United States-British governmental Internet spying scandal

While I was in Svalbard, the rest of the world did not stand still.

Not in Turkey. Not in Greece.

Not in the USA. Not in Britain.

A big scandal of governmental spying on Internet users has come to light.

This video about the USA is called NSA whistleblower Edward Snowden: ‘I don’t want to live in a society that does these sort of things’.

From the New York Times in the USA:

President Obama’s Dragnet


Published: June 6, 2013

Within hours of the disclosure that federal authorities routinely collect data on phone calls Americans make, regardless of whether they have any bearing on a counterterrorism investigation, the Obama administration issued the same platitude it has offered every time President Obama has been caught overreaching in the use of his powers: Terrorists are a real menace and you should just trust us to deal with them because we have internal mechanisms (that we are not going to tell you about) to make sure we do not violate your rights.

Those reassurances have never been persuasive — whether on secret warrants to scoop up a news agency’s phone records or secret orders to kill an American suspected of terrorism — especially coming from a president who once promised transparency and accountability.

The administration has now lost all credibility on this issue. Mr. Obama is proving the truism that the executive branch will use any power it is given and very likely abuse it. That is one reason we have long argued that the Patriot Act, enacted in the heat of fear after the Sept. 11, 2001, attacks by members of Congress who mostly had not even read it, was reckless in its assignment of unnecessary and overbroad surveillance powers.

Based on an article in The Guardian published Wednesday night, we now know that the Federal Bureau of Investigation and the National Security Agency used the Patriot Act to obtain a secret warrant to compel Verizon’s business services division to turn over data on every single call that went through its system. We know that this particular order was a routine extension of surveillance that has been going on for years, and it seems very likely that it extends beyond Verizon’s business division. There is every reason to believe the federal government has been collecting every bit of information about every American’s phone calls except the words actually exchanged in those calls.

Articles in The Washington Post and The Guardian described a process by which the N.S.A. is also able to capture Internet communications directly from the servers of nine leading American companies. The articles raised questions about whether the N.S.A. separated foreign communications from domestic ones.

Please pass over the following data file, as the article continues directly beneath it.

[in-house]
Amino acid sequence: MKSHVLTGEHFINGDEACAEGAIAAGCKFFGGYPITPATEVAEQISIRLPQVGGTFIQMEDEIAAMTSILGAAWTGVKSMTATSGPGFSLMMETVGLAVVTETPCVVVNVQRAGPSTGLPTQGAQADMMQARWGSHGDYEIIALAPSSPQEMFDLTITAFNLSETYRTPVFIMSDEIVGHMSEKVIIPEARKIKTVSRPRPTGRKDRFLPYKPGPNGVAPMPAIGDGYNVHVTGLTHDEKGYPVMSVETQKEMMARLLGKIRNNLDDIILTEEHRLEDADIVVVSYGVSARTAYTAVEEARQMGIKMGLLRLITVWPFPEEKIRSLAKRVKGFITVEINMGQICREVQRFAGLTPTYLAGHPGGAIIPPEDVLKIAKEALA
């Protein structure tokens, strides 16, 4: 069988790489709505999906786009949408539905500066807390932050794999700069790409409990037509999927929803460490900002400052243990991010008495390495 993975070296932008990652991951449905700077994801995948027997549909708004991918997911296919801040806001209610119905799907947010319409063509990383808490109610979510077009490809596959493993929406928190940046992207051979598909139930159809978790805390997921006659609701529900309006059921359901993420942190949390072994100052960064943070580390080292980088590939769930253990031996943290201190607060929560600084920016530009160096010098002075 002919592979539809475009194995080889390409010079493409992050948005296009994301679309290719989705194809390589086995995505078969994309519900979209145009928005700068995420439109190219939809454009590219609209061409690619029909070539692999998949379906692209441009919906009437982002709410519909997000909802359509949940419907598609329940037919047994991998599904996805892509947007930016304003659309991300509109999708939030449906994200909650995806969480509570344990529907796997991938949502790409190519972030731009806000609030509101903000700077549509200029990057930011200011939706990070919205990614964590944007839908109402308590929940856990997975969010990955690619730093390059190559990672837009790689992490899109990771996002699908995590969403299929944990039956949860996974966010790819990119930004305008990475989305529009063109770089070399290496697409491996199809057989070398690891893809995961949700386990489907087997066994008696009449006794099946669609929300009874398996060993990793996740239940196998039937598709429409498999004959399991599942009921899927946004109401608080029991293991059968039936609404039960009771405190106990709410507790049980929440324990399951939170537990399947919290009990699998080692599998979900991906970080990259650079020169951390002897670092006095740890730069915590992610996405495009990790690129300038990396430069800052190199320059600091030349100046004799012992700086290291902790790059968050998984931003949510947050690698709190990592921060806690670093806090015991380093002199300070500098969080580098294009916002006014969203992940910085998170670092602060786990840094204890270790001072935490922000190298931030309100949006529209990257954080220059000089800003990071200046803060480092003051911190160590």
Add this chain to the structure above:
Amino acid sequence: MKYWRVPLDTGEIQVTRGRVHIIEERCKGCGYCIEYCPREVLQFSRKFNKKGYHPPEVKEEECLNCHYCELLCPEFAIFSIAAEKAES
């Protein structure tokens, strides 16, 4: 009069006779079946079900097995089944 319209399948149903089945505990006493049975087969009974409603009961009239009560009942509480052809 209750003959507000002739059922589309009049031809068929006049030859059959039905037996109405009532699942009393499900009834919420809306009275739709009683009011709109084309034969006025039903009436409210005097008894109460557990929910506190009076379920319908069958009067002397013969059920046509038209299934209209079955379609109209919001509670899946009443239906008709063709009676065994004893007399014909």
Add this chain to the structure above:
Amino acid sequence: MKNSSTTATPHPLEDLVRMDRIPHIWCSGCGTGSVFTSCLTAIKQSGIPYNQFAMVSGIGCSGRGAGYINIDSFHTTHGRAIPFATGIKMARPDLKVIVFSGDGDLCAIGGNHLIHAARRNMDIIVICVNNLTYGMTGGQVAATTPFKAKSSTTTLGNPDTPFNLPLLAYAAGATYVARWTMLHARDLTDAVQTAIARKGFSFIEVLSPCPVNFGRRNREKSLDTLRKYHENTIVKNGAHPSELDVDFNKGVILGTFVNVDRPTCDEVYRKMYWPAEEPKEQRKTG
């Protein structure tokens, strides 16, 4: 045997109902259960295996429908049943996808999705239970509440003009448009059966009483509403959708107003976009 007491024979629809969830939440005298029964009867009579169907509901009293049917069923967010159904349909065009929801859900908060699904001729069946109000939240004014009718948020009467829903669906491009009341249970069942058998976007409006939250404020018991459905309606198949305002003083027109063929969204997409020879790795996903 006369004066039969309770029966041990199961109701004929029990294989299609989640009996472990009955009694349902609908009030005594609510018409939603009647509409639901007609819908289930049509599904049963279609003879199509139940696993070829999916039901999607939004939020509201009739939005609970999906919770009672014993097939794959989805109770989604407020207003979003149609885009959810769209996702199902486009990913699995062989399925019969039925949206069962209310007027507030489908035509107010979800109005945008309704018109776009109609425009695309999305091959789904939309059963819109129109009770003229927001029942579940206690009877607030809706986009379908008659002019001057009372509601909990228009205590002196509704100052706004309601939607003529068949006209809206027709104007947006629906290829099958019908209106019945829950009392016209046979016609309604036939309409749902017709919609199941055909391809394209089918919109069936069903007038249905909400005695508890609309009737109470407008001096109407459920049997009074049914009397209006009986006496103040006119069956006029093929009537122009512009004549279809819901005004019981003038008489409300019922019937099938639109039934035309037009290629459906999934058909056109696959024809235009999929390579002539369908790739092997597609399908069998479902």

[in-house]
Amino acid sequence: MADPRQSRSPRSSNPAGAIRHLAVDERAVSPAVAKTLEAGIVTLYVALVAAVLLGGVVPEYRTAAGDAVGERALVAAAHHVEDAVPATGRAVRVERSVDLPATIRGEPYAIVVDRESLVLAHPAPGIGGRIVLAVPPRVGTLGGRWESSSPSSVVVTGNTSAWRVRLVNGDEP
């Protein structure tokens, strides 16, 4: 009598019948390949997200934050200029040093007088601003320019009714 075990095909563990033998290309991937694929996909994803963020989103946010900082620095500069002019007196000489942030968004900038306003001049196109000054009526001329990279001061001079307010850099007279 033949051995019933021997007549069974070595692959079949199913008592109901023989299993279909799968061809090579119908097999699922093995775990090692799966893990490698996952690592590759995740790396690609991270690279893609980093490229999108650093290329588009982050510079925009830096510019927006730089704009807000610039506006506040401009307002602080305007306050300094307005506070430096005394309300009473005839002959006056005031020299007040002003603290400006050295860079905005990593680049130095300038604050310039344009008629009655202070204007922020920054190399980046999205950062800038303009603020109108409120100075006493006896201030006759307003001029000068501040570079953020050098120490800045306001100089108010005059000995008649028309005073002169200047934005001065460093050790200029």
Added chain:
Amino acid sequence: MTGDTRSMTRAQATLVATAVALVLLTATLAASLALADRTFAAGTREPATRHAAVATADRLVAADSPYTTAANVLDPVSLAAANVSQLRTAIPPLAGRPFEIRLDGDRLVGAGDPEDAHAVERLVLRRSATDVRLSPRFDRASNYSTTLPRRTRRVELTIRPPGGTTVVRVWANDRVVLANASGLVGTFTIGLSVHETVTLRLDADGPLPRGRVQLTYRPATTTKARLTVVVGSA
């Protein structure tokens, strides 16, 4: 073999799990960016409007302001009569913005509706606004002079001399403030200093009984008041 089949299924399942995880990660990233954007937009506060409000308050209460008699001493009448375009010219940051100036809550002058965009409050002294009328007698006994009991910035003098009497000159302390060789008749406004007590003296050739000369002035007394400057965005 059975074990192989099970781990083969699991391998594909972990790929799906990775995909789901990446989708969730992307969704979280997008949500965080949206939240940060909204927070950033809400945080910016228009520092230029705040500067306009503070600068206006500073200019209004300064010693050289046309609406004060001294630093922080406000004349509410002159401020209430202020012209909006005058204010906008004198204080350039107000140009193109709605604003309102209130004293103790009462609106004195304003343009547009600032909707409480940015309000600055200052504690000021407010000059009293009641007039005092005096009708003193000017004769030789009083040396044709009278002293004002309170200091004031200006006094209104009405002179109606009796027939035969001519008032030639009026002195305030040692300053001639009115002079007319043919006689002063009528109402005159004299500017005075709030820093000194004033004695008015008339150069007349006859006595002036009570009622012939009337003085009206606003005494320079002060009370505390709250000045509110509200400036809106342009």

More about this scandal, in The Guardian in Britain, is here.

See also here.

Edward Snowden, the former CIA information technology employee and contractor for the National Security Agency (NSA), has performed an immense service to the people of the United States and the world by lifting the veil on the military-intelligence spying apparatus, which operates in secrecy and in violation of the most basic constitutional rights: here. See also here.

From the daily News Line in Britain:

Monday, 10 June 2013

US-UK spying scandal – Hague to make statement

FOREIGN Secretary Hague yesterday refused to confirm or deny that GCHQ ‘circumvented the law’ to gather data on British citizens, only describing such claims as ‘fanciful nonsense’.

Hague is to give a statement to Parliament on the allegations today, where questioning over UK access to the American Prism snooping system will intensify.

Prism gives America’s National Security Agency (NSA) and the FBI access to the systems of top internet companies, including Google, Facebook, Microsoft, Apple, Yahoo and Skype.

Yesterday, Hague refused to confirm that Prism has enabled GCHQ to circumvent the legal process for obtaining personal material on British citizens, such as emails, photographs and videos.

GCHQ is to report to Parliament’s Intelligence and Security Committee (ISC) on the matter today.

GCHQ, based at Cheltenham, is said to have generated 197 intelligence reports through the system in the 12 months to May 2012 – a 137% increase on the previous year.

Prism was established in 2007 under changes to US surveillance laws passed under President Bush and renewed last year by Obama, to provide surveillance on live communications and stored information on foreigners overseas.

Speaking on the BBC Andrew Marr show yesterday, Hague refused to say whether he had personally authorised GCHQ to engage with Prism.

‘Of course we share a lot of information with the United States,’ Hague admitted, ‘That’s been the case since the Second World War; the US and the UK have an exceptional intelligence-sharing relationship.’